The Woolworths Museum

The 1910s Woolworth Workforce

Woolworth employed more than a million people during the course of the twentieth century in an operation that spanned North America, the British Isles and Commonwealth, Germany and, for a short time, Spain and France. Some employees stayed for their whole lives, joining at age fourteen and staying until the day before their sixtieth birthdays. A few worked even longer, returning from retirement to help the Company through the dark days of World War II. Many popped in for a while as Saturday boys and girls before taking up other roles elsewhere. Most retained a strong affection for the brand for the rest of their lives.

On this page we have chosen four stores which are typical of the operation in the 1910s.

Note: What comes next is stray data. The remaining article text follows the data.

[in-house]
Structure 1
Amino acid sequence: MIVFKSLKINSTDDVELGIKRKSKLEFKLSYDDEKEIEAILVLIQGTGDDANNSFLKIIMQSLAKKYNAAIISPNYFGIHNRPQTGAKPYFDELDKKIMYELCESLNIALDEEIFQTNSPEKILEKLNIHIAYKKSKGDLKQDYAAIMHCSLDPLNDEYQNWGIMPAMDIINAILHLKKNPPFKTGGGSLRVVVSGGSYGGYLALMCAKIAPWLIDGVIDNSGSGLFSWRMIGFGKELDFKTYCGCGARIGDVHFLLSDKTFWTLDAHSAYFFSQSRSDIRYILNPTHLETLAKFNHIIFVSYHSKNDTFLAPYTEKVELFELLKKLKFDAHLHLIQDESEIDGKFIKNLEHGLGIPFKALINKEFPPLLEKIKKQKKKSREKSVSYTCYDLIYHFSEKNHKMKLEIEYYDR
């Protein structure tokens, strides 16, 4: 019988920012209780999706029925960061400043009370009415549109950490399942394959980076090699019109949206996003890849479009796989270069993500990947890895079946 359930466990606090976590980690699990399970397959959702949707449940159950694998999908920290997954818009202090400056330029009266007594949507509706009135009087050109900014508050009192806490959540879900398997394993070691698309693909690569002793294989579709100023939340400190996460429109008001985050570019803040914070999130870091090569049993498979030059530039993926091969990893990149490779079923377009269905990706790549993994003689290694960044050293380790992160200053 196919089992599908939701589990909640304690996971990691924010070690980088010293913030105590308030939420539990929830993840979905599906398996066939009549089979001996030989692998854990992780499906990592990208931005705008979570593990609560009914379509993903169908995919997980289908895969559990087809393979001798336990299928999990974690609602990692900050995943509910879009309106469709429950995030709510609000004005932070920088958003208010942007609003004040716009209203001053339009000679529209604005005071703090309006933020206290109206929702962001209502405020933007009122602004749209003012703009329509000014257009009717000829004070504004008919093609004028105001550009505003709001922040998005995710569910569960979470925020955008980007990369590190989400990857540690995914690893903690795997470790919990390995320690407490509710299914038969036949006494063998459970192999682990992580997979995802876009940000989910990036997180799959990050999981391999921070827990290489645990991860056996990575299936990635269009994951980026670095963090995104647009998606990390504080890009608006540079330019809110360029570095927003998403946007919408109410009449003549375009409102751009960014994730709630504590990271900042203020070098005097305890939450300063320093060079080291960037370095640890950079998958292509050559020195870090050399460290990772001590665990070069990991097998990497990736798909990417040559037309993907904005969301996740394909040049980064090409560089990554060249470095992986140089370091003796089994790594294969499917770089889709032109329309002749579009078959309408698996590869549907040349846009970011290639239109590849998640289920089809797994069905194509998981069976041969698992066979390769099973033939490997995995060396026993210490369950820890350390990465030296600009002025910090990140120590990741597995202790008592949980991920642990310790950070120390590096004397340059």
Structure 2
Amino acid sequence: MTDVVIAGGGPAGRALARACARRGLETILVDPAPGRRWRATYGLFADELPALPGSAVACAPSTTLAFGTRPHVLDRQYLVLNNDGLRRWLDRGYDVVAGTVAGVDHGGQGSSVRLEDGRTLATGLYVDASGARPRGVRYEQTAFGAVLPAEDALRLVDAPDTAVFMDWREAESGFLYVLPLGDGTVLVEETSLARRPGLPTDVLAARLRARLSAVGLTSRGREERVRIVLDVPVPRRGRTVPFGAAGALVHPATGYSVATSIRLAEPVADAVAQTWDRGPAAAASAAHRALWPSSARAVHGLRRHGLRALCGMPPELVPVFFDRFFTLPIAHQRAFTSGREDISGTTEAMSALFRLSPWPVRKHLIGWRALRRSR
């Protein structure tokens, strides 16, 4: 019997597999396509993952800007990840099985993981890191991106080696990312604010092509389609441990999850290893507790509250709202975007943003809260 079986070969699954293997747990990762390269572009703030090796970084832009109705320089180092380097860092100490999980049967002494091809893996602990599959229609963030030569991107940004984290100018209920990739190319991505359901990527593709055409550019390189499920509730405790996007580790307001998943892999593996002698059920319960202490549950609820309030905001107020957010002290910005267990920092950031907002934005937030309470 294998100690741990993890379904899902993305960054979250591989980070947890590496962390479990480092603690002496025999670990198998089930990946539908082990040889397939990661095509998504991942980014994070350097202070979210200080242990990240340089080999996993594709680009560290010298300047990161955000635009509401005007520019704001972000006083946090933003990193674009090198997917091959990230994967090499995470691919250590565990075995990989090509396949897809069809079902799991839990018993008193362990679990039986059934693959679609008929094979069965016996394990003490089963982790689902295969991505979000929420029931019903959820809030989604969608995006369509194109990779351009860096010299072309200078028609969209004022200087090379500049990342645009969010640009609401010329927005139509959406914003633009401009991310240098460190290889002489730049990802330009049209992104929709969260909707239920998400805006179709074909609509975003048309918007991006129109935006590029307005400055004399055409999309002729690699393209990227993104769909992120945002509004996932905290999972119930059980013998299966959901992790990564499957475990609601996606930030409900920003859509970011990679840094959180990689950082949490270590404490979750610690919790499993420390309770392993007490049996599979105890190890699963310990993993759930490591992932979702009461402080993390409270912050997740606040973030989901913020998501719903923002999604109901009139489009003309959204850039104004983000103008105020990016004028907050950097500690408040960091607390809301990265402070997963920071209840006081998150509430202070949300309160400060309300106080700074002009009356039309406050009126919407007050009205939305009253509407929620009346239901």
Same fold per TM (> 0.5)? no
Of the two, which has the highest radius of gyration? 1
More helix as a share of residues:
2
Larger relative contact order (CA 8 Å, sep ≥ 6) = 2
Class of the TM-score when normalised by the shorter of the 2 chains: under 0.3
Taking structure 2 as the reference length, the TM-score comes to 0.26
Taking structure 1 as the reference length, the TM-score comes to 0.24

• two from the UK - Ramsgate, Kent and Southend-on-Sea, Essex
  • two from the USA - Marshalltown, Iowa and Glen Falls, New York


The staff of the F.W. Woolworth & Co. Ltd. store in High Street, Ramsgate, Kent - pictured in 1917


1917 was the first year when all British and Irish staff were issued with uniforms, rather than being told to wear their own clothes with white blouses or shirts and black skirts or trousers and black shoes. The picture was taken to mark the store's first birthday - it had opened on 5 August 1916.


Colleagues at the Southend, Essex UK (left) and Marshalltown Iowa branches of Woolworths in 1918-19

Above left: Southend-on-Sea, Essex, UK, 1918; right: a new store in Marshalltown, Iowa, USA, 1919


The team of Charles Sumner Woolworth's store in Glen Falls, USA - pictured in 1911 (Image with thanks to his great grandson, Mr Scott Oakford)

Above: the team at C. S. Woolworth's store in Glen Falls, shortly before the name was lost in the $65m merger



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